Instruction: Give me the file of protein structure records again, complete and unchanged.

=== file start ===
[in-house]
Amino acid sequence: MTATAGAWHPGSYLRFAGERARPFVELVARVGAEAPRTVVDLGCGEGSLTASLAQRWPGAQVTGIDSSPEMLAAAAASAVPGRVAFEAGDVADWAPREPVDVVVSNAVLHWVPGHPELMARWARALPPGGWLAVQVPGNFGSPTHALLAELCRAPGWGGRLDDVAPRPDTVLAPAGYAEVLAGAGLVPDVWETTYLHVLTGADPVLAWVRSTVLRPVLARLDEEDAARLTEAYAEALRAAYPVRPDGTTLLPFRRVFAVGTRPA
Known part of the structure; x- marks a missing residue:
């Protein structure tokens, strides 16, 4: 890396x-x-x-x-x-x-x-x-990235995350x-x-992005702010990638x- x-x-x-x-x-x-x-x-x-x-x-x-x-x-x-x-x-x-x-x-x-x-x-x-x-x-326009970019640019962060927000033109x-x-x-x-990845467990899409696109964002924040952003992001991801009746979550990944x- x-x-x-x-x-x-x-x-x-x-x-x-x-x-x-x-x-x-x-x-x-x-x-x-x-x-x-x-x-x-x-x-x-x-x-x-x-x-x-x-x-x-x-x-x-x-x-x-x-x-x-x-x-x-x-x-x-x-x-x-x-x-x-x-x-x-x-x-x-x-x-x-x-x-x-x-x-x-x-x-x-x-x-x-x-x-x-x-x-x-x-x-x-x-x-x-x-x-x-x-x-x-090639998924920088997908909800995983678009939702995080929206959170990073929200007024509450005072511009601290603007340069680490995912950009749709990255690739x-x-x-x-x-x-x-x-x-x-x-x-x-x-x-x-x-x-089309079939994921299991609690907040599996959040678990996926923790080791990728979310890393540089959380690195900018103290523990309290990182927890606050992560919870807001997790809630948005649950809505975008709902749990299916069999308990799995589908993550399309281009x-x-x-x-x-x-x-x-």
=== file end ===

[in-house]
Amino acid sequence: MTATAGAWHPGSYLRFAGERARPFVELVARVGAEAPRTVVDLGCGEGSLTASLAQRWPGAQVTGIDSSPEMLAAAAASAVPGRVAFEAGDVADWAPREPVDVVVSNAVLHWVPGHPELMARWARALPPGGWLAVQVPGNFGSPTHALLAELCRAPGWGGRLDDVAPRPDTVLAPAGYAEVLAGAGLVPDVWETTYLHVLTGADPVLAWVRSTVLRPVLARLDEEDAARLTEAYAEALRAAYPVRPDGTTLLPFRRVFAVGTRPA
Known part of the structure; x- marks a missing residue:
């Protein structure tokens, strides 16, 4: 890396x-x-x-x-x-x-x-x-990235995350x-x-992005702010990638x- x-x-x-x-x-x-x-x-x-x-x-x-x-x-x-x-x-x-x-x-x-x-x-x-x-x-326009970019640019962060927000033109x-x-x-x-990845467990899409696109964002924040952003992001991801009746979550990944x- x-x-x-x-x-x-x-x-x-x-x-x-x-x-x-x-x-x-x-x-x-x-x-x-x-x-x-x-x-x-x-x-x-x-x-x-x-x-x-x-x-x-x-x-x-x-x-x-x-x-x-x-x-x-x-x-x-x-x-x-x-x-x-x-x-x-x-x-x-x-x-x-x-x-x-x-x-x-x-x-x-x-x-x-x-x-x-x-x-x-x-x-x-x-x-x-x-x-x-x-x-x-090639998924920088997908909800995983678009939702995080929206959170990073929200007024509450005072511009601290603007340069680490995912950009749709990255690739x-x-x-x-x-x-x-x-x-x-x-x-x-x-x-x-x-x-089309079939994921299991609690907040599996959040678990996926923790080791990728979310890393540089959380690195900018103290523990309290990182927890606050992560919870807001997790809630948005649950809505975008709902749990299916069999308990799995589908993550399309281009x-x-x-x-x-x-x-x-």